TURN TO STONE. A comeback for a downtown Manhattan alley

by Kevin Walsh

Unnoticed in the gold-plated greenbacked canyons in the shadow of Wall Street is a short, one-block, curved street called Stone. Remarkably immune to Lower Manhattan’s incredible cycle of renewal in the 20th Century, little Stone Street, which stretches between Coenties Alley and Hanover Square, looks remarkably like it did in the late 19th Century. It’s as if it was completely oblivious to change.

Recently, however, Stone Street has been noticed. It’s the object of an urban renewal project designed to intensify its 18th-Century look. Will the project come off as authentic or wind up looking like a theme park? Your webmaster’s bet’s on the latter, but you never know.


First, some history. According to NYC historian Hope Cooke (who between 1963 and 1975 was the Queen of Sikkim), author of Seeing New York:

From early settlement, elite Dutch families, including brewers, lived on winding Stone Street, then segmented into ‘Brouwers” or Brewer’s Street to the south of Coenties Alley and “Hoogh” or High Street to the north.

(The section of Stone Street between Broad Street and Coenties Alley was obliterated by the construction of 85 Broad Street in 1983. But the curved elevator lobby mimics Stone Street’s old path.) Another section of Stone Street runs between Whitehall and Broad Streets.

Stone Street got its name in 1656. It was something of a boast, as it was the town’s first road to get paving. (The Belgian blocks on Stone Street now are new construction.)

Between 1691 and 1797 Stone Street was called Duke Street; after the Revolution, most of New York’s street names recalling royalty had their names changed.

This is a 1740 map of Lower Manhattan by John Carwitham. Note Stone (Duke) Street near the center. It follows the same path today.


Many of the buildings on Stone Street date to 1836, when Lower Manhattan was rebuilt following adevastating fire in 1835. No building on this part of Stone was built later than 1929.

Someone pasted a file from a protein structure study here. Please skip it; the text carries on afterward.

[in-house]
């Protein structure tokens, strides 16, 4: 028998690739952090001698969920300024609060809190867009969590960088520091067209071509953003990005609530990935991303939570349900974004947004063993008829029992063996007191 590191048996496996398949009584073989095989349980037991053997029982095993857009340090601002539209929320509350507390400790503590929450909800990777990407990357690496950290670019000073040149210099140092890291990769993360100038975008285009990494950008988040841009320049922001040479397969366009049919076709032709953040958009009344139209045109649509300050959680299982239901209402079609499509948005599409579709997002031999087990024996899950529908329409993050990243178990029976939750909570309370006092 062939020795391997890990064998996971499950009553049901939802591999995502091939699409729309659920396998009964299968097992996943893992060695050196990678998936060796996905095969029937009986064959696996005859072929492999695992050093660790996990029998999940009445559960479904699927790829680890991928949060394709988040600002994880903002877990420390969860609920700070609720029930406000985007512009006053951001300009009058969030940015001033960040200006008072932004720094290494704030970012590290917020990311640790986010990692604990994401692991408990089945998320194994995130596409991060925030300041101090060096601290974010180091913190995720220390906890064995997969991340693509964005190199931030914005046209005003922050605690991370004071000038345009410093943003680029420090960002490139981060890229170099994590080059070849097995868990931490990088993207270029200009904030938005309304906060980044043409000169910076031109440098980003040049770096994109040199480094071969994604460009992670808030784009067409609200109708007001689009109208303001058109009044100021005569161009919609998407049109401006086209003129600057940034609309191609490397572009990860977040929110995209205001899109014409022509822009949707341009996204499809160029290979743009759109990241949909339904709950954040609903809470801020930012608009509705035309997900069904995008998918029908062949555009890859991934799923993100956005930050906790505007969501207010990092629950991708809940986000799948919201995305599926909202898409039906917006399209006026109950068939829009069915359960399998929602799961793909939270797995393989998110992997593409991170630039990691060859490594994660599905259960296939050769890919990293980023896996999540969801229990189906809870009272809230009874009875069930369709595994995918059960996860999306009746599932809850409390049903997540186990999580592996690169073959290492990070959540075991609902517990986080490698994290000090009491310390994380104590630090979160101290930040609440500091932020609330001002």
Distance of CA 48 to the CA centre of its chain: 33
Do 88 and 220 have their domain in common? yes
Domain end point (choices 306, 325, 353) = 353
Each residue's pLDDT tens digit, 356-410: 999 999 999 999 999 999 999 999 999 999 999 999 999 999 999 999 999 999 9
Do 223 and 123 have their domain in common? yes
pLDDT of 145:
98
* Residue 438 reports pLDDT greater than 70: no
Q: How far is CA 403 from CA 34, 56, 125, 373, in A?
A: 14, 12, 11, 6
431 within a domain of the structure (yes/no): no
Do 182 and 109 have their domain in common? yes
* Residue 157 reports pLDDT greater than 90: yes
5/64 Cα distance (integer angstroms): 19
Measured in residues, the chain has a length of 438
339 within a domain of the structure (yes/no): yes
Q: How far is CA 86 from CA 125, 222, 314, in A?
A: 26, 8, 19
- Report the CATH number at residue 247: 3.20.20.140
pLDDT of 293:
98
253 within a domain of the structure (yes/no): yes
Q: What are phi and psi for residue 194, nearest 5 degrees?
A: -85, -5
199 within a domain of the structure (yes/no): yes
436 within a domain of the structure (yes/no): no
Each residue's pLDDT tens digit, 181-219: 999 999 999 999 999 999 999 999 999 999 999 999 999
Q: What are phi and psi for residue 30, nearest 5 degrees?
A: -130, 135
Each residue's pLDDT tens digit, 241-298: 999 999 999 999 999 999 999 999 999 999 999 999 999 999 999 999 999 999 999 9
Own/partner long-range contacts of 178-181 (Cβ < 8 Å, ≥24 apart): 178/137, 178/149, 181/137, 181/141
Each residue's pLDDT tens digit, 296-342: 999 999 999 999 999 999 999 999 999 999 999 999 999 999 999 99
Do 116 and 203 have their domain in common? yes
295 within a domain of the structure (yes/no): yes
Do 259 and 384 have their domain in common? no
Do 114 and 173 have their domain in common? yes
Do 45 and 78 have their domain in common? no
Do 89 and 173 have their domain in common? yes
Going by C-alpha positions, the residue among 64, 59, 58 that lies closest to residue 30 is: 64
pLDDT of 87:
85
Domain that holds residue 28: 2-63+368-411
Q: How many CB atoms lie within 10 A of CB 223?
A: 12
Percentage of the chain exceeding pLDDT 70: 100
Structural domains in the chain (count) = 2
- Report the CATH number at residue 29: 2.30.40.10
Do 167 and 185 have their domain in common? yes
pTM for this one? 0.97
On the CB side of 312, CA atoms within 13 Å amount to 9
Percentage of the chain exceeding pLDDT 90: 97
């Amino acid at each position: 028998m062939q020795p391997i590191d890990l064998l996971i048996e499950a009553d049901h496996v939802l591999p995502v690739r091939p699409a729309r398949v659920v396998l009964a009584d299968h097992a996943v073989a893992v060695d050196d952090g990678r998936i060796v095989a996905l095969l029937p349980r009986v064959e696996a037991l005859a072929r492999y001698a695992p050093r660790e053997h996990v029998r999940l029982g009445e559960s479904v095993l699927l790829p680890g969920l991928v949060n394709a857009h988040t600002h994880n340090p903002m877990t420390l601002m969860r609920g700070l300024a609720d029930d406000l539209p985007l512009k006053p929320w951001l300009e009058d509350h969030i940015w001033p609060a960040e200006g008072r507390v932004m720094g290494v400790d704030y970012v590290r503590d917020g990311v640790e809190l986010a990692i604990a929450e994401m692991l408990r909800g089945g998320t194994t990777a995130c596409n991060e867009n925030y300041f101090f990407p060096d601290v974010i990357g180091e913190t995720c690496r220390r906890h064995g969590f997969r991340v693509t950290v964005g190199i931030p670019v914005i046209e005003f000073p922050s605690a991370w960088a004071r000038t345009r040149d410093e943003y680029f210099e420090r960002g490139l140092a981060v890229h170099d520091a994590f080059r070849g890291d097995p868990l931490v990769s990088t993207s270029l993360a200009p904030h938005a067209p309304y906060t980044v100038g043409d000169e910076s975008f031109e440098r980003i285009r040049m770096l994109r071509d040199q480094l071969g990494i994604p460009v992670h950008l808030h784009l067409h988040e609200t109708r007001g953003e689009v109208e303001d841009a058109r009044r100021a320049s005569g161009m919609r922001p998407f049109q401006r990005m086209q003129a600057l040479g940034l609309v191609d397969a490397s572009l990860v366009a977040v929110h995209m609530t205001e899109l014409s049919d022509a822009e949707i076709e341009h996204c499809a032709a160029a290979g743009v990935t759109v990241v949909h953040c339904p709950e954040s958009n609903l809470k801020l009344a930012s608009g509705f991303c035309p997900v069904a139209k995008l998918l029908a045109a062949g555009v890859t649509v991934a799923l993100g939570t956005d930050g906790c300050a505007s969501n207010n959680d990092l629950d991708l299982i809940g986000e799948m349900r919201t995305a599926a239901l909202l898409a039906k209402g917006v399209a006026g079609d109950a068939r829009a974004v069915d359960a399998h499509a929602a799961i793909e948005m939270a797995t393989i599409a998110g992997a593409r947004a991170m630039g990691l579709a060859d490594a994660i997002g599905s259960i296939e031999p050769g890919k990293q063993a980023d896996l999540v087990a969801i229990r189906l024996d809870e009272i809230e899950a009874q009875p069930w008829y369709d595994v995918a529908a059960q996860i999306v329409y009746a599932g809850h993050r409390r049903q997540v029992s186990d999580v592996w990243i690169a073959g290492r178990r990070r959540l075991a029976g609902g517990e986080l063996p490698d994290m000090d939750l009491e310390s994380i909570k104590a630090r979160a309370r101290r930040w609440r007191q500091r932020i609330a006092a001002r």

At 57 Stone Street is a 1909 building with a front-end gable, faced with yellow glazed bricks. It is a playful nod to 17th-century styles when wealthy Dutch merchants tried as best they could to replicate the houses they lived in back in Holland. Gabled houses were a signal of wealth in New Amsterdam.

A 2001 movie shoot found Stone Street attired in 19th-Century raiment:


One of Boston’s longstanding principle squares and transit hubs is Haymarket. 18th-century New York never had a specific street or square called Haymarket, but it indeed had a hay market, the Oswego Market, on Broadway between Cedar and Liberty Streets until 1811.


Far from a longstanding establishment, Winslow Jewelers is a a new addition to the retrofitted Stone Street.


Only on Stone Street can the 1919 Chubb & Sons Building (#54) be considered a modern intrusion! In 1919, though, attention to detail was still a big part of architecture; notice the fancy entablature with the building number.


An ‘apothecary’ is an old word for a pharmacy; as Danny Kaye would say, a ‘vessel with a pestle’ is an old symbol for a drugstore.


Snake-oil type potables were widespread in the 1800s, before people knew better. At least I think it was the 1800s. I gotta take more ginkoba.


A melodeon is a small organ.


A plywood wall was erected on Hanover Square facing Stone Street for a recent movie production.


Workers restore Stone Street to 19th Century grandeur.


Seeing New York, Hope Cooke, 1995 Temple University Press
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New York: A Guide To The Metropolis, Gerard Wolfe, 1975 McGraw-Hill, updated 2000
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Manhattan In Maps, Robert Auustin and Paul Cohen, 1997 Rizzoli
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As You Pass By, Kenneth Dunshee, Hastings House, 1952
Out of print

E me at erpietri@earthlink.net or kevin@forgotten-ny.com.